WHY would a group of leading American neo-conservatives, dedicated to fighting Islamic terror, have climbed into bed with Chechen rebels linked to al-Qaeda? The American Committee for Peace in Chechnya (ACPC), which includes Pentagon supremo Richard Perle, says the conflict between Russia and Chechnya is about Chechen nationalism, not terrorism.
The ACPC savaged Russia for the atrocities its forces have committed in the Caucuses, said President Vladimir Putin was "ridiculous", claimed Russia was more "morally" to blame for the bloodshed than Chechen separatists and played down links between al-Qaeda and the "Chechen resistance".
The ACPC's support for the Chechen cause seems bizarre, as many of its members are among the most outspoken US policymakers who have made it clear that Islamist terror must be wiped out. But the organisation has tried to broker peace talks between Russia and Chechen separatists.
The ACPC includes many leaders of the neo-conservative think-tank, Project for the New American Century (PNAC), which advocates American domination of the world.
ACPC members who are also in the pro-Israeli PNAC include Elliott Abrams, head of Middle East affairs at the National Security Council; Elliot Cohen of the Pentagon's Defence Policy Board; Frank Gaffney, president of the conservative Centre for Security Policy; Robert Kagan and William Kristol of The Weekly Standard, the house journal of Washington neo-cons, and former CIA director James Woolsey. Former Reagan defence secretary Caspar Weinberger is also in the ACPC.
ACPC executive director Glen Howard said the continuation of the "brutalising tactics" of Russian forces would only lead to "the resistance employing more brutal tactics" like the assault on School Number One in Beslan. He claimed one of the so-called "Black Widows" decided to become a suicide bomber after being forced to watch Russian troops "boil her three-year-old child alive".
"This is a very brutal war," he said. "There have been knocks in the night, people have disappeared. It's an endless cycle of violence in which everyone has lost their sanity. It is not surprising the Chechens have resorted to the same level of violence."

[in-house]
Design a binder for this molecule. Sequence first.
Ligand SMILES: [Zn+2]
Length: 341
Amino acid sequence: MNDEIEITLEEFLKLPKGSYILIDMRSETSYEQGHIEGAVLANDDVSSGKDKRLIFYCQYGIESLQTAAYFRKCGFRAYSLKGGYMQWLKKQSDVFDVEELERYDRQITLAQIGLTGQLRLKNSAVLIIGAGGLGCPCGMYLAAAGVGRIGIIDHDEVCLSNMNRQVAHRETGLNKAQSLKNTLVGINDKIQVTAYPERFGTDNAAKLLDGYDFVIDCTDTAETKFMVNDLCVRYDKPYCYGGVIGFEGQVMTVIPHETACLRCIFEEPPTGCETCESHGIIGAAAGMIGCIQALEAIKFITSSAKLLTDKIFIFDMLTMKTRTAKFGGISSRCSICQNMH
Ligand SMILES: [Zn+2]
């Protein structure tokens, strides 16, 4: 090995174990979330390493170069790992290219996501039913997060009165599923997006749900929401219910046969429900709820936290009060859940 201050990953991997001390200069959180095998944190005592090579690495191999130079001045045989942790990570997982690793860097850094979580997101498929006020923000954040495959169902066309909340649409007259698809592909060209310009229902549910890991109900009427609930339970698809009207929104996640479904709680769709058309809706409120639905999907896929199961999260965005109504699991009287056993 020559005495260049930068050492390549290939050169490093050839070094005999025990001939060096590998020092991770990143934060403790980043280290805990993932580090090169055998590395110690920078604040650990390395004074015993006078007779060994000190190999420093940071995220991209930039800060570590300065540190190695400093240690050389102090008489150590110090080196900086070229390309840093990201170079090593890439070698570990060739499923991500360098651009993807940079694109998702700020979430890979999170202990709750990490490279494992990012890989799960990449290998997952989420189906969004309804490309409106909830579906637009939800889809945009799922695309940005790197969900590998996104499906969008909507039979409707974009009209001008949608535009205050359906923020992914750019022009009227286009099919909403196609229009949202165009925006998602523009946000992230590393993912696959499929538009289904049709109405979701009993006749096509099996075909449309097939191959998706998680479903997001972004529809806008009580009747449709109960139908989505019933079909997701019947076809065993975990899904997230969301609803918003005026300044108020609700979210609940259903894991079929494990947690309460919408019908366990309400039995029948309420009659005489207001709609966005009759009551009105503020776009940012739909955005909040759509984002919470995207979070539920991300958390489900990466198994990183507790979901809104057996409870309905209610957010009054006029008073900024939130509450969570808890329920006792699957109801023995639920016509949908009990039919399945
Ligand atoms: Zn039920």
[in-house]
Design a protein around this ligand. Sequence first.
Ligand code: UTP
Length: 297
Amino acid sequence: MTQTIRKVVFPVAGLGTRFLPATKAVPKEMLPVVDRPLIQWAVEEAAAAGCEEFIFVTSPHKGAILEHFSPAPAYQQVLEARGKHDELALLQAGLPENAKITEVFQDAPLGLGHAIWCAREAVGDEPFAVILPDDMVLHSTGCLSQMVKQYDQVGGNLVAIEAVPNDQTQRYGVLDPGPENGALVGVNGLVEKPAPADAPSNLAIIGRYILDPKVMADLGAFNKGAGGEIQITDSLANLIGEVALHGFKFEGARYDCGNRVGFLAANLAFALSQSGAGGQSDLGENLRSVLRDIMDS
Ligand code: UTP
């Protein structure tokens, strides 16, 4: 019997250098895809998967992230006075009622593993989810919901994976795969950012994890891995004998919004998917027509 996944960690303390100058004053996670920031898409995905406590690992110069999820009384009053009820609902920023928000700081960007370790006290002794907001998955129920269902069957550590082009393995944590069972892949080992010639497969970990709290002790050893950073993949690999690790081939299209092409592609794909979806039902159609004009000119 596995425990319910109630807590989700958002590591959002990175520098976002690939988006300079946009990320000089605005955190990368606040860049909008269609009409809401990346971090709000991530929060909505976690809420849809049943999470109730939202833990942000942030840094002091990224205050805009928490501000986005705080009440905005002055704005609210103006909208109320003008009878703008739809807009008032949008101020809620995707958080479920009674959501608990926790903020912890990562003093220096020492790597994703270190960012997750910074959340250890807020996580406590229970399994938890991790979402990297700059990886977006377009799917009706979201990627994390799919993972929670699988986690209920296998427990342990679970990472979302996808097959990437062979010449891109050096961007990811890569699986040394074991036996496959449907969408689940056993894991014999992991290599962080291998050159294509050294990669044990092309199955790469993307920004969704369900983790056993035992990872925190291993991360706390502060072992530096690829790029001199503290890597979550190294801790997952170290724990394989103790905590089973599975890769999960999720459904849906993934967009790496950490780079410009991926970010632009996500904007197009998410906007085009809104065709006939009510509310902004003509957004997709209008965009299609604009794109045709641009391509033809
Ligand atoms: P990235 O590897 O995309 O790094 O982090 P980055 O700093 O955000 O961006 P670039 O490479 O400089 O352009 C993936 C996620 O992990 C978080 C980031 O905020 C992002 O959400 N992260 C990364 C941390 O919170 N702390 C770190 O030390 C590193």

Howard said Putin comparing Osama bin Laden to the leaders of the Chechen resistance was "ridiculous". Moscow has put a $10 million bounty on the heads of two Chechen leaders - the extremist and al-Qaeda connected commander Shamil Basayev, and the more moderate, one-time democratically elected Chechen President Aslan Maskhadov.
Basayev, according to the Russian foreign minister Sergey Lavrov, directed the hostage-taking raid in Beslan. As a young Islamist extremist Basayev was trained in Jihadist tactics by fundamentalists in Afghanistan. Many Chechens have fought in Afghanistan and many fundamentalist Arabs have fought in Chechnya.
The nurturing of Chechen fighters against Russia recalls America's support for the Mujahideen in Afghanistan - an act that went on to spawn al-Qaeda and the Taliban.
"What would have happened if Bosnia had been ignored five years ago by the rest of the world in the way Chechnya has been ignored?" asked Howard. "They might have taken to taking over schools as well.
"Everyone is ignoring the nationalist aspirations of the Chechens. This is not about terrorism but about ethnic nationalism." Howard said Russia was more "morally culpable" than Chechen fighters because of the atrocities its forces have committed.
Howard said hardliners like Richard Perle were backing Chechnya as they "understood what it feels like to be under the Russian yolk". Some critics believe the support for the Chechens may be a cold war hangover or part of a policy to keep Russia weak through bloodletting in the Caucuses.
"The al-Qaeda link [to the Chechen conflict] is overstated," said Howard. "Russia plays that up to show that it is part of the war on terror. There are some Arabs there but only a handful - this is a 400-year national struggle between the Russians and the Chechens."
According to Howard, due to the vast energy resources in the Caucuses, the West, which is heavily dependent on foreign energy, has strategic interests in the area to which it cannot afford to turn a blind eye.
Howard said Russia should be told by the West to talk to Chechen leaders to bring about peace. He claimed there was also a "moral case" to invoke sanctions against Russia for its activities in Chechnya, but added that any such attempt would be "totally unrealistic".
© 2004 newsquest (sunday herald) limited